Over the past few years, the Christmas jumper has become a staple of our Yuletide celebrations. It’s just part of the season, the same as putting up the Christmas tree, getting tangled up in twinkling lights, and leaving cookies and milk out for Santa on Christmas Eve. A decade ago no one in their right mind would allow themselves to be seen in an ugly Christmas sweater, apart from those being suitably and amusingly (sort of) ironic. Today, however, putting buying a Christmas jumper on your ‘to do’ is a must. What has happened to make these items of clothing so important to us in the 21st century?
What Is It?
Before we can delve into the whys, we should look at the whats. Just what are Christmas jumpers (or Christmas t shirts if you prefer – many people find sweaters far too warm in a nice, centrally heated house, or in front of a roaring log fire)? Christmas jumpers used to be simply a knitted jumper that was given – usually by an elderly relative to a much younger one – at Christmas (remember Colin Firth’s Mark Darcy in Bridget Jones’ Diary being given a rather ugly Christmas jumper by his mother?). They were gently mocked for being unfashionable and uncomfortable, and have certainly been around since the 19th century in America, if not in the UK and Europe. They became more popular in the UK during the 1980s thanks to the celebrities of the time (Timmy Mallett and Gyles Brandreth, for example) wearing them on TV. People wore them to be funny, rather than because they had been gifted. However, by the early 1990s, they had fallen out of favour once more.
When Did They Return?
Back in 2012, the Daily Telegraph ran a feature on Christmas jumpers, declaring that they were the ‘must have’ accessory of the season. At the same time, Topman put 34 different designs up for sale in their stores, and sales were up 54 percent compared to 2011. Therefore, the year 2012 can be seen as the beginning of the re-emergence of the Christmas jumper ‘fashion’ statement that we all know and love. However, since around 2001, these sweaters have been more readily available in shops and online. At that time, of course, there weren’t so many new ones on the market, and they were often found instead in charity shops and second-hand stores.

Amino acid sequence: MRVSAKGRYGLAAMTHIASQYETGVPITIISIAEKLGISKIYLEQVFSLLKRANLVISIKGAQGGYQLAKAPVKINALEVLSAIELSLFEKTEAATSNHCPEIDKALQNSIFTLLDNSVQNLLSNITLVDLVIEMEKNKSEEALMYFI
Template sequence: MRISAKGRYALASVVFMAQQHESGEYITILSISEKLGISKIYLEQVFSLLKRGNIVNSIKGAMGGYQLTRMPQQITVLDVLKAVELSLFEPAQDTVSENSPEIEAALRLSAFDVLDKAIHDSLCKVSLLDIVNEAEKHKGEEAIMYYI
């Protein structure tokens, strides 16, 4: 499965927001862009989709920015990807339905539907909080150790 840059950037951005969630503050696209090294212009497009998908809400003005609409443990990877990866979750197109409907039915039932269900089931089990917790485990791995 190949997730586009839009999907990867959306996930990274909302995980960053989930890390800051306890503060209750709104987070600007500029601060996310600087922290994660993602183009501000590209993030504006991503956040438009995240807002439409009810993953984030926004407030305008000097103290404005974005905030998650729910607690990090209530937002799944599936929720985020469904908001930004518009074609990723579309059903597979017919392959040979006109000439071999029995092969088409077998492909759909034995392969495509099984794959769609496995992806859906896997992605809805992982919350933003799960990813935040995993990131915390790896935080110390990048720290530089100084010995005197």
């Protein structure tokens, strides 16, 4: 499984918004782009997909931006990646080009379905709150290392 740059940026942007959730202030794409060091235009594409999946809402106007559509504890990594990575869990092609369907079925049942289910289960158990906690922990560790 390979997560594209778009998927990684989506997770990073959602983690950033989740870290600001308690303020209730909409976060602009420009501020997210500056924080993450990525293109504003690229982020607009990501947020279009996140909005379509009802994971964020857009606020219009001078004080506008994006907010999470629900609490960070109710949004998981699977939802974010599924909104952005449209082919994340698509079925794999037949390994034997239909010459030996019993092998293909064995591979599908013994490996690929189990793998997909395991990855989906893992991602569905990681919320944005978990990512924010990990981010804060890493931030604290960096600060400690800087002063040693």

Part of The Fun
Today, there are often Christmas jumper themed events and competitions running through the festive period. Some are nationwide, such as the Christmas Jumper Day run by the charity Save the Children. It began in 2012, when the national sweep of Christmas jumpers began. Each year they ask people to ‘make the world better in a sweater’, and for those wearing their Christmas jumpers to donate to the cause. Christmas Jumper Day 2017 takes places on Friday 15th December.
As well as this large event, which raises many thousands of pounds for a good cause, people run their own Christmas jumper competitions at work, or amongst friends. It can be anything from best homemade sweater (take a plain sweater and jazz it up with glitter, tinsel, baubles or anything else you can think of!) to ugliest Christmas jumper (it’s a lot of fun looking for the most garish top you can find, and there are plenty to choose from).
Christmas jumpers don’t have to be ugly, though. Some can be lovely and traditional, or classy and simple. This turn of events has been helped by the big fashion gurus who have incorporated the idea of a simple, classical Christmas jumper into their runway shows. Companies such as Fair Isle who produce gorgeous knitted wear have a definite idea when it comes to the Christmas season, for example.
There are many different types of Christmas jumper. Some can be rude (in a gentle, teasing kind of way). Some even have room for a wine bottle if you want to carry one around with you! Whether you like something deliberately ugly, something amusing, or something classic and beautiful, there will be a Christmas jumper, t shirt, even onesie for you.
Will It Last?
The Christmas tradition of a festively themed jumper has waxed and waned in popularity over the years, but it’s never entirely disappeared. It’s likely that there will be Christmas jumpers around for many years to come, but in what form and in what context they are worn it will remain to be seen!
A few of my favourite Christmas jumpers this year: